Friday, February 20, 2015

Book Review: The Dreamer

My Review (1 star):
     The Dreamer was a strange story. I hardly know what to make of it. My one star doesn't mean that I hated it, but I've come to the conclusion that I didn't really like it at all either.

      I didn't realize it was a time-travel adventure, but nonetheless, I plunged ahead, despite the slightly different beginning. It told about a scholarly, ambitious young woman who was trying to figure out the mysteries of life and change the world. She was convinced it was possible to travel through time. So she jumped off a cliff. Yeah... By and by, we meet some pirates and hear of massive treasures hidden away, and follow Rachel as she comes to conclusions she never imagined.

      My first problem, was the talk of "Mother Earth" and Rachel's rather obsession with "time", traveling through time, and "fate". Then there was the bits of violence that I found rather unneeded. A little over half-ways through the book, I almost stopped reading. I think the most abhorrent thing about The Dreamer was at that point, where the hero of the story recounts the story of how his "noble" father effectively "saved" his mother from ruthless pirates by putting an end to her life. I could hardly stomach it. A slightly similar situation follows shortly after. I'm sorry, but I am not okay with that being in the books I read. Our lives are in God's hands, period. I don't believe in the right to end your own life or someone else's in the guise of "saving" one. It's a nasty business all in all, and that definitely was mostly the reason for my one star.

      My next biggest complaint, would be the whole "faith/religion" bits in the story. One, we have this seemingly good-hearted old man who wears a cross necklace. Fairly quickly, he is made out to be a sniveling coward who puts many a life in danger because of his lack of selflessness and courage. Then we have some moral-less pirates, who befriend Rachel and are made out to be quite jolly and kind. Rachel puts down the necklace-wearing old man time and again, ranting at his religion. It seemed a subtle sneering at Christianity almost. Though, afterwards, the old man does end up doing something that seems to rectify it all and set things to right in Rachel's mind. She shortly after starts wearing a cross necklace. God is mentioned a few times, like "I knew that I time-traveled. And God knew." But after putting away the "religion is a crutch", Rachel seemed to have a misguided faith in the cross or something to do with it. In the cross necklace, and her own self. Simply put, this book had no faith elements to speak of. Just a few confusing things here and there that left you wondering what the author was trying to say. It was like they were trying to roll bits of Christianity into their own comfortable ideas, where God isn't really involved and such, or something of that sort.

      One somewhat redeeming theme I found in The Dreamer is Rachel's finding herself loving being a woman, and realizing how esteemed the job of being a wife and mother is. I thought that was especially neat and poignant... but the realization then went a bit far and Rachel seemed to be thinking pretty highly of herself. *Sigh* Not sure if that's what the author intended... but seriously, just explain the solid merits of a woman at home, "The hand that rocks the cradle rules the world" would suffice. Not all this "I made them do..." "Because of me, they..." "If not for myself..."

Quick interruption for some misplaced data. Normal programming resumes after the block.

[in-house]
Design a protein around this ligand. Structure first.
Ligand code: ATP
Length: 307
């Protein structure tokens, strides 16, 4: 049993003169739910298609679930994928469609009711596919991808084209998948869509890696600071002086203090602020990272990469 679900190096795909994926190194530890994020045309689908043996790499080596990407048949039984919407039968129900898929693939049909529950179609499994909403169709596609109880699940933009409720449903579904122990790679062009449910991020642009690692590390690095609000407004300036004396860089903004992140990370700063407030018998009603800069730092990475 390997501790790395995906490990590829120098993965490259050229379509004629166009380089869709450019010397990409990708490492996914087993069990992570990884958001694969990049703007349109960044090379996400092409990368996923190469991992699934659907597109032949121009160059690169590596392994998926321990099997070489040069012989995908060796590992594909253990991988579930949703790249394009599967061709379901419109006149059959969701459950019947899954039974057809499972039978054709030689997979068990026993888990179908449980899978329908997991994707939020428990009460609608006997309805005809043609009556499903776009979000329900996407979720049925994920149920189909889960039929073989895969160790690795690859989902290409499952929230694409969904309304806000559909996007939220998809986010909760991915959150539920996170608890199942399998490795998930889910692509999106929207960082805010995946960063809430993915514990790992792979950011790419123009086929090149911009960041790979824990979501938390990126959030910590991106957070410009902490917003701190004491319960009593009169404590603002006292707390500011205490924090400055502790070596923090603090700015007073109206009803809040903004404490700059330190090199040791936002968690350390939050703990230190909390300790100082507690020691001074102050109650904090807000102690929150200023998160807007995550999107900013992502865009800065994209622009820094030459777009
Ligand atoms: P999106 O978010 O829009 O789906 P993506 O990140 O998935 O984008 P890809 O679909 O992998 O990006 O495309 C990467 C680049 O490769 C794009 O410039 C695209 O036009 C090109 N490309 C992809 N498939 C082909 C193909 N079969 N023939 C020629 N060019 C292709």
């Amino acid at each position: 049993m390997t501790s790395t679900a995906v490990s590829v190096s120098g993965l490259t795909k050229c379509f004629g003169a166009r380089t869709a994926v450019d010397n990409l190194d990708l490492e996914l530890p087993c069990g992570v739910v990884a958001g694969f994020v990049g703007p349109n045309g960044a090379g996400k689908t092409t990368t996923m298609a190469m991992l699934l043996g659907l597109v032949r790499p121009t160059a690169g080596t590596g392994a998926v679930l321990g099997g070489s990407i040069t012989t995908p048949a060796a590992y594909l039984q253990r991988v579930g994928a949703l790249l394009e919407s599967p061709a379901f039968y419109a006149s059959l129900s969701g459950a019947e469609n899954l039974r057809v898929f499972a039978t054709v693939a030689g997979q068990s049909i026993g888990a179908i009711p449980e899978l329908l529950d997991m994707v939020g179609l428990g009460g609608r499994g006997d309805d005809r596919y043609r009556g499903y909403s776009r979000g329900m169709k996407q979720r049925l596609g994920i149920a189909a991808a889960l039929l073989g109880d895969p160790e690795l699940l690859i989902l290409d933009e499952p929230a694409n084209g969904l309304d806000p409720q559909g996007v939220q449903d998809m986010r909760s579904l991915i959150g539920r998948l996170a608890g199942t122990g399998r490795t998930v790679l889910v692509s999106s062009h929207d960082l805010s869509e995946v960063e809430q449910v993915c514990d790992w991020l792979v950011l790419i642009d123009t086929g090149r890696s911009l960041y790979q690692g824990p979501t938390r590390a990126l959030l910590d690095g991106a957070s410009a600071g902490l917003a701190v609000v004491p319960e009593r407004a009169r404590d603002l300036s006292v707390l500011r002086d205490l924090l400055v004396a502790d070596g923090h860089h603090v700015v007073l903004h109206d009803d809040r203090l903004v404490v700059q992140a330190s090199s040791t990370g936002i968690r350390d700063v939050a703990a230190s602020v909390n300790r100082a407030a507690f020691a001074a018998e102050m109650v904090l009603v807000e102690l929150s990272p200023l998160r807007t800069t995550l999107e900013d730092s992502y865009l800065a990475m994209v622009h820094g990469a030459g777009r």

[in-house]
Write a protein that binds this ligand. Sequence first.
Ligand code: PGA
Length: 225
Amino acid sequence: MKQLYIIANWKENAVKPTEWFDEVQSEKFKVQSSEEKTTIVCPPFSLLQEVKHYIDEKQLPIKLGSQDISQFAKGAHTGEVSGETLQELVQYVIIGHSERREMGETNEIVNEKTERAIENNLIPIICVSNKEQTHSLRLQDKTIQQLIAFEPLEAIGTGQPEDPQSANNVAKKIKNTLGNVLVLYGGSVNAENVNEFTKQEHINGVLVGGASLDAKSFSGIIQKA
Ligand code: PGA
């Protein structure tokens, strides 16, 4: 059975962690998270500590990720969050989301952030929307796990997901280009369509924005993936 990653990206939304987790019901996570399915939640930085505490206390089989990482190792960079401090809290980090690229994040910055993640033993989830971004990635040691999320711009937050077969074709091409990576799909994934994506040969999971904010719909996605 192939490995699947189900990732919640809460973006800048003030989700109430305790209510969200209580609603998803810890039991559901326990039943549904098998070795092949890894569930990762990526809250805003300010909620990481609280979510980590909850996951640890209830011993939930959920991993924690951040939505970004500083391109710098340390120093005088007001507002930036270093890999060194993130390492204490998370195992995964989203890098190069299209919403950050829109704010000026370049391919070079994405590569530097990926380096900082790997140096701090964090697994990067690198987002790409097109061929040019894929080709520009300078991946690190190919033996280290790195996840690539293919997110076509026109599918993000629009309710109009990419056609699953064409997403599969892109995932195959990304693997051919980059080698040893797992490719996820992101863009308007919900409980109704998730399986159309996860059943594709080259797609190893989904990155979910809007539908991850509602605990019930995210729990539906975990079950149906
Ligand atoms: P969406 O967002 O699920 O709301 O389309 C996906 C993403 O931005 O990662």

The story, considering, was interesting enough. I generally enjoy time-travel, and found this to be an interesting take. 1714, pirates, lovely dresses... it was fun. The treasure bits were fascinating at some points, then rather bored me at others. It might be someone else's taste more than mine.

      Rachel was... very hard for me to connect with. She seemed a bit... "blonde" at times. Or something like that. She talked so much, using huge words and complicated phrases, and hardly ever listened to what anyone else was saying. Then she seemed to easily forget how evil this one guy was, forever replying "happily" and smiling and all that. Supposedly it was just a ruse, but I didn't feel it at the point. Gradually, I saw her change and become more gentle and thoughtful. But all in all, I couldn't really relate to her.

      The romance got a bit heated in a scene or two. But in the end, it turned out to be a sweet love story for the most part.

      All in all, The Dreamer ended quite nicely and sigh-worthy. But I just can't rate it anything good. It had too many confusing things in my opinion. The parts of supposedly "saving violence" were unpardonable. And I hate reading a book where I can't discern if the author is bashing my God or not. He is everything to me! I don't want to read a book that dishonors Him in any way, :/. And just general obscured, uncertain faith elements in books bother me. I like faith to be the center of my books, firm and deep, thank you! It's all about relationship, not religion anyway.

      So I can't say I'll be reading anymore by this author. Not a badly-done book by any means. Just had some things that I personally don't want to read.

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